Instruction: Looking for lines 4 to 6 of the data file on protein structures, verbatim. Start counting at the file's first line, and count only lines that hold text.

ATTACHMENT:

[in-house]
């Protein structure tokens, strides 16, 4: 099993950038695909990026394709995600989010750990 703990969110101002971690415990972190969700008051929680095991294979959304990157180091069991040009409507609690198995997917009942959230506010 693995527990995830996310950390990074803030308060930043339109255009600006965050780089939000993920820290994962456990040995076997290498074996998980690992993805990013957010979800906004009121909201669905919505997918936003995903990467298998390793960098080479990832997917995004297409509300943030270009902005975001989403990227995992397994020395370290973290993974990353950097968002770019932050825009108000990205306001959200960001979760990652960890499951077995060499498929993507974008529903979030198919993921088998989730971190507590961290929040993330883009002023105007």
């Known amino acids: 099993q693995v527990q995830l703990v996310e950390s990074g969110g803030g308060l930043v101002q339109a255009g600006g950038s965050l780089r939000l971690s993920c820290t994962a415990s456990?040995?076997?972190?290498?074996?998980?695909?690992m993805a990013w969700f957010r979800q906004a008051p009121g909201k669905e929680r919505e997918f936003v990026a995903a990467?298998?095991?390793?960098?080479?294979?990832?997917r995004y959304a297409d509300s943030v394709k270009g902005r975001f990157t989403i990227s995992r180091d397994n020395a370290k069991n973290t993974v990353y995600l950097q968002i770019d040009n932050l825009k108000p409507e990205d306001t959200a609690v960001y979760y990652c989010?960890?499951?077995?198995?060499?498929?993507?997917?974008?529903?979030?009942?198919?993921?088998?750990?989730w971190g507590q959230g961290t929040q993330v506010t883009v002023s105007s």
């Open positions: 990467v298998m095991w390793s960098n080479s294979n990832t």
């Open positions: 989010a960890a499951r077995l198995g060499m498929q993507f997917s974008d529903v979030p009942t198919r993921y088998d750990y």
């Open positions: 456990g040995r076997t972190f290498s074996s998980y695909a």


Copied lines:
């Open positions: 990467v298998m095991w390793s960098n080479s294979n990832t």
């Open positions: 989010a960890a499951r077995l198995g060499m498929q993507f997917s974008d529903v979030p009942t198919r993921y088998d750990y």
């Open positions: 456990g040995r076997t972190f290498s074996s998980y695909a």